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How would you help her or explain how to train her pittie?


"I'm very interested in trying out mushing. I have a pit bull terrier that I just added to my family and I think it would be a great outlet for him. I take my golden and lab biking and have so much fun, I've wanted to teach them to pull me, but am just not sure how. I'm also wanting to take my new boy (Hudson) biking, but haven't worked up the courage yet. He has an incredibly insane prey drive and I'm afraid he will take off after a small critter and I'll go crashing behind him. We are starting training tomorrow, but was hoping you could give me a little more insight. "
 

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I think the best thing to say is buy Ski Spot Run.

Other than that, if your dog is already trained, try hooking them up together. I wish I had access to a trained dog to help teach all of the commands. Or there might be a club in her area that can help. Around here, the only club is a skijoring one(I've never set foot in a pair of skis before).
 

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I think the best thing to say is buy Ski Spot Run.
I second Ski Spot Run, its for Skijoring, but it definitely tells you enough about the other sports to get you started, and most importantly tells you the cues and gives training tips. On top of it, really easy and good read!
 

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I second that book suggestion. I've never read it myself but I've heard nothing but good things about it so it must be good. lol

My suggestion for a dog with high prey drive is to teach a solid "On by". I have 2 Alaskans that are part sight hound and they are my main leaders so it is doable.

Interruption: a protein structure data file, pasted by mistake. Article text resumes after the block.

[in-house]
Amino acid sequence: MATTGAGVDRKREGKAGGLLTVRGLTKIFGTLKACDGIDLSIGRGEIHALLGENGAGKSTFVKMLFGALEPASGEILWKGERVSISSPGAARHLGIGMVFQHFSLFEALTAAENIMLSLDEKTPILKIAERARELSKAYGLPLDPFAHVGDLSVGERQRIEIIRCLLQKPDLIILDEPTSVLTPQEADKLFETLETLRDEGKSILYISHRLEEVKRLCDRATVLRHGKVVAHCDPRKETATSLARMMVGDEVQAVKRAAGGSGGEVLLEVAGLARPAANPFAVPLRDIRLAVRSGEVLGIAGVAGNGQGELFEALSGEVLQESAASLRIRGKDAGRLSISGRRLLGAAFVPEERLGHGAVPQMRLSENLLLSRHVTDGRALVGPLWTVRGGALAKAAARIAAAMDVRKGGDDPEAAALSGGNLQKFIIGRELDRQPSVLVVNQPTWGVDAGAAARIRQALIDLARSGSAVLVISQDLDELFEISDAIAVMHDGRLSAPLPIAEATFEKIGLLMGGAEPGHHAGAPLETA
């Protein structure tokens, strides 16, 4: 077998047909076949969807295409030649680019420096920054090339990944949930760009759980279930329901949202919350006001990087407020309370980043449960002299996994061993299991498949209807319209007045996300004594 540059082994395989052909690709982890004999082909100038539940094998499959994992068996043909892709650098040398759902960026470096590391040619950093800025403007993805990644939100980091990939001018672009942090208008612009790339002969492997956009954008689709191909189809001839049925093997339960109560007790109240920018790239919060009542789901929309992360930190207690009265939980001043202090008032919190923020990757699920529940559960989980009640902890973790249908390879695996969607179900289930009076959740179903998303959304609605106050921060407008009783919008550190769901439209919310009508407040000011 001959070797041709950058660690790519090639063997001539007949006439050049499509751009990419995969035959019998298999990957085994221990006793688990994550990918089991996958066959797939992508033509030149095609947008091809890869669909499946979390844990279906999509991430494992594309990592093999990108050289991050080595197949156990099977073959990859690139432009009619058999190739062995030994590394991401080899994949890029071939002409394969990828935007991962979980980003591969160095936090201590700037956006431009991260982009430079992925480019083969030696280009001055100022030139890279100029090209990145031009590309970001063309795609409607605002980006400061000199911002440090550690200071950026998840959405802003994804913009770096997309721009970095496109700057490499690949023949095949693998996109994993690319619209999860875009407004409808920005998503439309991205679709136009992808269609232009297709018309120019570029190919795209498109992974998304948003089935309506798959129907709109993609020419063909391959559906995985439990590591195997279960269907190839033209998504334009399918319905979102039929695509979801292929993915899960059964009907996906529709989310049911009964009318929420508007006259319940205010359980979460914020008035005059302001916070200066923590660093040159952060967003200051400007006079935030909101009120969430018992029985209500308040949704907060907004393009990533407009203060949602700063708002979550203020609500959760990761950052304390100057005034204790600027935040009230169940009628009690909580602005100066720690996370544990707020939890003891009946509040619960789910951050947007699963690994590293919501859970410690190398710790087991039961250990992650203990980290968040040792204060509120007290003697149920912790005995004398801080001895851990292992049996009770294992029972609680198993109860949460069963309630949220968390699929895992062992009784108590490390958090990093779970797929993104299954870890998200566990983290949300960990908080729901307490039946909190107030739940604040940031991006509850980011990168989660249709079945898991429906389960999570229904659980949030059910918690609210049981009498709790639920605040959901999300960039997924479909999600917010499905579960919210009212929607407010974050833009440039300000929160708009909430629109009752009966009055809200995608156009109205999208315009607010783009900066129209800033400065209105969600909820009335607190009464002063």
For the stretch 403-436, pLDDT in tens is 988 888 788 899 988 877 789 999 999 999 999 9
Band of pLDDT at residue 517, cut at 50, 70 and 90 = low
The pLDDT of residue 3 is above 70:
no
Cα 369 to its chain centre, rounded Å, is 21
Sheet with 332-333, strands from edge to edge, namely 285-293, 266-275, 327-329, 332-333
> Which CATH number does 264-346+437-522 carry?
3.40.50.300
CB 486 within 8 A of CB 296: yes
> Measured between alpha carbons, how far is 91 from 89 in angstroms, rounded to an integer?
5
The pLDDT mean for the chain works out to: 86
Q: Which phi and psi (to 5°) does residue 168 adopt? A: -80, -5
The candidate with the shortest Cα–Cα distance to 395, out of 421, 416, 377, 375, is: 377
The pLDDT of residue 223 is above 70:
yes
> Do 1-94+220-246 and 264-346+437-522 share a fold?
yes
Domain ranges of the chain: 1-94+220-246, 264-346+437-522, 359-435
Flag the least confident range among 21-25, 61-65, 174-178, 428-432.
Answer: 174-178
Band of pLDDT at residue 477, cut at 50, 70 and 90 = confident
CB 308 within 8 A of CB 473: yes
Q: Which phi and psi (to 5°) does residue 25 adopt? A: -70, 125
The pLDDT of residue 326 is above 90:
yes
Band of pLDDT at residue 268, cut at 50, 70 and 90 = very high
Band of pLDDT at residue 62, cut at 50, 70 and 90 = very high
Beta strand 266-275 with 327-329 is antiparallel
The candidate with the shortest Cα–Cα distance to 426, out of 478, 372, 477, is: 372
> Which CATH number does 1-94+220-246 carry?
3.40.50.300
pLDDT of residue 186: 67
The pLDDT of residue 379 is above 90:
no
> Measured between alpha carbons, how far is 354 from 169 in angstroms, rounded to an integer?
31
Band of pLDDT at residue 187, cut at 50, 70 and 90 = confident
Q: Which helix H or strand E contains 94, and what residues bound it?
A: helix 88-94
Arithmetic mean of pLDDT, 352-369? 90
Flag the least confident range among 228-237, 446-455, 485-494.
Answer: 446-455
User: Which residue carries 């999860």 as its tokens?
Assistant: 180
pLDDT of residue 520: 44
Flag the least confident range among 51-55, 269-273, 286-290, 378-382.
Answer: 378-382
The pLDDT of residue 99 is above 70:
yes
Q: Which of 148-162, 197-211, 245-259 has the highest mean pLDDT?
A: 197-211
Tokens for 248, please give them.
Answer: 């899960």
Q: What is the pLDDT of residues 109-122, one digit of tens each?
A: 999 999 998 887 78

What I did is I would take each of my dogs out on a walk by themselves (either with their running harness or a collar, it doesn't matter). Whenever we came to a distraction on the trail, I would tell them "On by" and start running. Once we got passed the distraction, I would slow back down to a walk and give them lots of praise.

Now when we are in a race or just training and we come to a distraction in the trail, I call out "On by" and the dogs fly passed whatever is on the trail. :)



Sled Dog Central This site has everything you want to know about dog powered sports. They also have a page full of links to places that sell equipment.

I hope that helps. If she needs any more info, let me know! :)
 

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I love Ski Spot Run. Gives a really solid foundation for how to train commands really simply, just on walks before actually getting involved in any pulling. Really, I think any dog who pulls on a walk can urban mush, regardless of what specific sport.

If your friend is worried to start out on a bike (which is understandable), they could do canicross until the commands are polished and they feel more confident. That's just jogging/running (or for people who aren't runners, walking) with the dog out in front attached to a special belt you wear. Also, I was too intimidated to start on a bike and that's why I got my scooter... shorter and not as far to fall. :p I have the Dirt Dawg, it's not that expensive and I enjoy it so much I never did switch over to the bike.

If one dog is more motivated, it can help teach the other "on by". Maisy loves pulling SO much that she will body block Squash from going off the trail and/or check him back on track, or just drag him along until he gets his focus back. If your friend can find an experienced dog to hook up their dog(s) with, they can help do the same thing.

Also if there are relatively quiet places to start out when they actually get on a bike (or whatever), it is helpful. Around the neighborhood was so distracting... if there are some state parks or other parks with multi-use trails, they are great to use during "off" hours.
 
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